Posted by   on (April 3, 2010, 10:13 GMT)

Many Pretenders say that what will happen to India after Sachin. Well.. nothing much... India started rising when...in the early 00's when Sachin was going down with his form and with the arrival of Sehwag, Zaheer and Yuvraj and under aggressive captainship of Ganguly. Then the subsequent arrival of Revolutionary Dhoni who changed the way India played cricket.. running between the wiks, better fielding and also had the guts to not include big name players like Ganguly, Dravid, laxman, Kumble who were slow on the field and btw the wiks. Dhoni transformed the young team without any big names (odis) from 07 and (tests) from 08 to be among the top two and now tests no.1.

@Meety and other guys if you feel that Indian fans are insecure with thier negative comments on Ponting then why care to respond and bother....because they are facts and facts make YOU insecure.

Posted by jezzricho on (April 3, 2010, 9:12 GMT)

y are there indians here talking about indian cricket? no1 cares!

Posted by Bollo on (April 3, 2010, 7:40 GMT)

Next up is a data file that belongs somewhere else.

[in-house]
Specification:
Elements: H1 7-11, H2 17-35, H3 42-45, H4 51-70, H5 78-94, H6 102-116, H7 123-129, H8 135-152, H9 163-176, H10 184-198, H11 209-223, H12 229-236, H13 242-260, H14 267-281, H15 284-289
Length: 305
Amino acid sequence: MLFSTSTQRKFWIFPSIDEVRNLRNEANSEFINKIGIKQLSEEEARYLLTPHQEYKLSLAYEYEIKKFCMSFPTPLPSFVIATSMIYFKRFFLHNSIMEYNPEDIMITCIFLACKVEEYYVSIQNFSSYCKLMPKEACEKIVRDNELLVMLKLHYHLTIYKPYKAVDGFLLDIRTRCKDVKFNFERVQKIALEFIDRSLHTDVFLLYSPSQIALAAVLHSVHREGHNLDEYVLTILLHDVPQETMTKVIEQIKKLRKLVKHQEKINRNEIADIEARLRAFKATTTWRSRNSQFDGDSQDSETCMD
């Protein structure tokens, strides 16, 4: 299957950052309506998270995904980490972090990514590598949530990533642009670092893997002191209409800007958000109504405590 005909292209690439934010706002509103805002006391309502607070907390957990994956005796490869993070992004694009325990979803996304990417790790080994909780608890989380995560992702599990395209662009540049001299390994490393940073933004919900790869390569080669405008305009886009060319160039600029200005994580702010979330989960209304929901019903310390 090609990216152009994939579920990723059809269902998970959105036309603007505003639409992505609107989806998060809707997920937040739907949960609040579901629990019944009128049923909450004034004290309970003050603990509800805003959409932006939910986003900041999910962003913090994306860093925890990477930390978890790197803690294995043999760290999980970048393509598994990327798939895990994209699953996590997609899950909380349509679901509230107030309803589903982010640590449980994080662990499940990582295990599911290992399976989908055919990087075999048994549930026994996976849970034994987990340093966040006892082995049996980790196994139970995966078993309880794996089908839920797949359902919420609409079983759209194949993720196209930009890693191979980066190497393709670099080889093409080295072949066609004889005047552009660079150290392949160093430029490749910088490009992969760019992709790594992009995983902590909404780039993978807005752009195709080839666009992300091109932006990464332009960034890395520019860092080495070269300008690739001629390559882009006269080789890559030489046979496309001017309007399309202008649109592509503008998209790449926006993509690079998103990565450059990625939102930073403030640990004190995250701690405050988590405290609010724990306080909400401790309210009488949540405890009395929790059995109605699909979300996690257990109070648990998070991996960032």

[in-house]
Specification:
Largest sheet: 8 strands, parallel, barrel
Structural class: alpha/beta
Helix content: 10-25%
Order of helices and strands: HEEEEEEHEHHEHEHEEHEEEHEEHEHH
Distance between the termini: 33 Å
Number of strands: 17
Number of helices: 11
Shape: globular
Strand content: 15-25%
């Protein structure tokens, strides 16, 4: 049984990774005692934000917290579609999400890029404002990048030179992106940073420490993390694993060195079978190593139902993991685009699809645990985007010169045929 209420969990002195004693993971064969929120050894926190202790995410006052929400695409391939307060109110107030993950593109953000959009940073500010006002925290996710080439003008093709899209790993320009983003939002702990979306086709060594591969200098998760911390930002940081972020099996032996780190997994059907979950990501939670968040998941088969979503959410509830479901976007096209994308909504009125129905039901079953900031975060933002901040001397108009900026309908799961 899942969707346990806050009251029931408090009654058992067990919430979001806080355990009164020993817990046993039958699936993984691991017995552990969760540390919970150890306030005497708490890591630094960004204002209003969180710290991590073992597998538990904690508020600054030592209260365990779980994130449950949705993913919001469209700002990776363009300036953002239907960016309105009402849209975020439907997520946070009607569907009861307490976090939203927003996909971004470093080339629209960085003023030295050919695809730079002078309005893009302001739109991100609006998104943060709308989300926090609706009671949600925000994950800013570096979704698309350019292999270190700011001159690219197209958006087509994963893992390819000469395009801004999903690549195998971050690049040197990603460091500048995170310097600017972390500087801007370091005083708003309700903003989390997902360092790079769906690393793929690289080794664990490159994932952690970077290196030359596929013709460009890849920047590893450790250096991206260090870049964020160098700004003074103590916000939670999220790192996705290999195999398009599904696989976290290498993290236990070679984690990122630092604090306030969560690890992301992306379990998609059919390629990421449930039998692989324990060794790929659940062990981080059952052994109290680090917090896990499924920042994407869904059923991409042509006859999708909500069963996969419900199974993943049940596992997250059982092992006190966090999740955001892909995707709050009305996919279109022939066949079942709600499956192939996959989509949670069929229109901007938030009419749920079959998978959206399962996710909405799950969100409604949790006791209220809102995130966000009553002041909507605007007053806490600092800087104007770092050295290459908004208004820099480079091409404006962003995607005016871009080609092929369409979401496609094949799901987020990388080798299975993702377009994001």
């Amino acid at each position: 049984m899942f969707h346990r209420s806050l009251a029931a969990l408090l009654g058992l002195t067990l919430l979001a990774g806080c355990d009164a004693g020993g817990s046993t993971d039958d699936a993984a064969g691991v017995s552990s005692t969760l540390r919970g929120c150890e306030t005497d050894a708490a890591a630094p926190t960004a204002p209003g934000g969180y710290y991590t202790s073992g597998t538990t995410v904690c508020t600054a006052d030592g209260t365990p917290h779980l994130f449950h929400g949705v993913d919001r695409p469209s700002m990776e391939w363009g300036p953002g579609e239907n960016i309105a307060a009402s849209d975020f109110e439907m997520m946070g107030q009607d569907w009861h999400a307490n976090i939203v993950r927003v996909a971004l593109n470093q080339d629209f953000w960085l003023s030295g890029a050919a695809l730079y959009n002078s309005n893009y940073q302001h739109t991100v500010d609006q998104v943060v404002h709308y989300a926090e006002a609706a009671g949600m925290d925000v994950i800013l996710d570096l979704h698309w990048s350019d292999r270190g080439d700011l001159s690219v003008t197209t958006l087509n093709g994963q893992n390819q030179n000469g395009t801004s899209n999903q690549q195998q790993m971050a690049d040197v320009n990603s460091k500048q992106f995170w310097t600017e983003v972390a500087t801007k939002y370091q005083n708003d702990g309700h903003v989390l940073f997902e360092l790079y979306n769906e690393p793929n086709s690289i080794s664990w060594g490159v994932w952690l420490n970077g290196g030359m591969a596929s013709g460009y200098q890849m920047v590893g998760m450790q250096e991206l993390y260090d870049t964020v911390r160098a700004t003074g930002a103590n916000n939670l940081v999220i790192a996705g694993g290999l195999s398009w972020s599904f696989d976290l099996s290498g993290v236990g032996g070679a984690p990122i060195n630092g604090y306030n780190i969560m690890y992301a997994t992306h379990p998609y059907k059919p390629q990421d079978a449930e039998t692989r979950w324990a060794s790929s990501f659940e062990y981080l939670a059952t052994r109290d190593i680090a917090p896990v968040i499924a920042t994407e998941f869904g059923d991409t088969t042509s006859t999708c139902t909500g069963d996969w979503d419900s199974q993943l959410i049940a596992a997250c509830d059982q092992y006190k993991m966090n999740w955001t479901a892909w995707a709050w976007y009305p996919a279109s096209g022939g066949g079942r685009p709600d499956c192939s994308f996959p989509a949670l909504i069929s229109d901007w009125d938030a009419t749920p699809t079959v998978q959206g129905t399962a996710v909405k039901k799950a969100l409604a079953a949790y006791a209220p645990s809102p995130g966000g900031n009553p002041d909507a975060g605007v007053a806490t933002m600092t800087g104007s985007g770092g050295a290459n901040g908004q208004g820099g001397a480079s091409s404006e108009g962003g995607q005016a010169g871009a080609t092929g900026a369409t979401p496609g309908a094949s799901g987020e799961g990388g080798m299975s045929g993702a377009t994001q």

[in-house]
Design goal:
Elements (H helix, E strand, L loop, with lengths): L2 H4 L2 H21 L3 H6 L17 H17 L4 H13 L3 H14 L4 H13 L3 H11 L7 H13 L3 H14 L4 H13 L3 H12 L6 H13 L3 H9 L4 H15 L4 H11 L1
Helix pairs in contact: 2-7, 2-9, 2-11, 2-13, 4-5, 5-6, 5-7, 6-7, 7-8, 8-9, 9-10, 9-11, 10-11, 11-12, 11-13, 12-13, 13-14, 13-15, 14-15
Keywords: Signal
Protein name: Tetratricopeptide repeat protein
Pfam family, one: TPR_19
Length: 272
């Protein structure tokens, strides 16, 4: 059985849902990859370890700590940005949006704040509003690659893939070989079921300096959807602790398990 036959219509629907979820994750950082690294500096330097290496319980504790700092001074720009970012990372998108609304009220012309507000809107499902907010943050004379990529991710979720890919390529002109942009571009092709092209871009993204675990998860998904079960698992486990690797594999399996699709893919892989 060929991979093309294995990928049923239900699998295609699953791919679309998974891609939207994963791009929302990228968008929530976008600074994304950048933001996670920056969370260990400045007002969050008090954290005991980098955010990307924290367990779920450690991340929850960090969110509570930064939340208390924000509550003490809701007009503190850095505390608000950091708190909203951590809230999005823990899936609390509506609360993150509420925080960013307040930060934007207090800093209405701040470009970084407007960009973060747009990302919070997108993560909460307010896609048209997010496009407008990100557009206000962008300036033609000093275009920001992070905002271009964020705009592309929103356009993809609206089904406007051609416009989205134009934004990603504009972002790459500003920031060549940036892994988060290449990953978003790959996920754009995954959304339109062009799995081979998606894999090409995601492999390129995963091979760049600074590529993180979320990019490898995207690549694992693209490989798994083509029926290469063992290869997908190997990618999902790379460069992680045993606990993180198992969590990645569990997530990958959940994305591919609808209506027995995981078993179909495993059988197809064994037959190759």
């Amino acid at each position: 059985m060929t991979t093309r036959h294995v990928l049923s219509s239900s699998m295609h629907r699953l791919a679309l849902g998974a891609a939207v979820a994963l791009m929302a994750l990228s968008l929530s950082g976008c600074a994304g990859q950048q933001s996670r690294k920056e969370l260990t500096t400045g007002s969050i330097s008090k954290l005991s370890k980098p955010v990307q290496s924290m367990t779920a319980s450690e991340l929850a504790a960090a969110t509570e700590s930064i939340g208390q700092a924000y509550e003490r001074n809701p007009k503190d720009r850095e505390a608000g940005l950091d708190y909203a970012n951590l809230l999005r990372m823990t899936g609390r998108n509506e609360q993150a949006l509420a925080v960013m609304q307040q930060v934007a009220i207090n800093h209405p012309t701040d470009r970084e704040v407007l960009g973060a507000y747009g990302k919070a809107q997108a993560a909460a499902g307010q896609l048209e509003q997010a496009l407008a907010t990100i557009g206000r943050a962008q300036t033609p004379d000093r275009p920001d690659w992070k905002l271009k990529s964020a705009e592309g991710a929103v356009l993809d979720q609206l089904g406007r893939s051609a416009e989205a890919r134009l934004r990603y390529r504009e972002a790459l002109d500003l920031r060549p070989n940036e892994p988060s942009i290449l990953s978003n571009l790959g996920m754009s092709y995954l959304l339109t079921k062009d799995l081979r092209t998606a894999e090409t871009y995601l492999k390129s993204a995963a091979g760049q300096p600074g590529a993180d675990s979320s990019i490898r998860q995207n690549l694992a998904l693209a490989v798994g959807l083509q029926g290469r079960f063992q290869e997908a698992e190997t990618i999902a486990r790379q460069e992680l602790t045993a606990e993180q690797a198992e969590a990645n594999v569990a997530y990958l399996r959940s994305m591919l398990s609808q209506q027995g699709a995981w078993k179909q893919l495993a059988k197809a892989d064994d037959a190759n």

@kdcricket. Last 30 series for both countries actually only goes back to 1993. I don`t really buy your reasoning behind the amount of draws in India, and question your use of % losses as an acceptable measure of home dominance. Cricinfo uses W/L ratios for these stats, and they are as follows for home tests from 1 Jan 1993. India P78, W38, L14, D26 W/L 2.71. Australia P102, W72, L13, D17 W/L 5.53. ie. in that time Australia have won 5 and a half tests for every one they`ve lost, India have won 2 and a half. Hardly supports your statement `The fact remains that beating India in India remains tougher than beating Australia in Australia` .

Posted by kdcricket on (April 3, 2010, 5:36 GMT)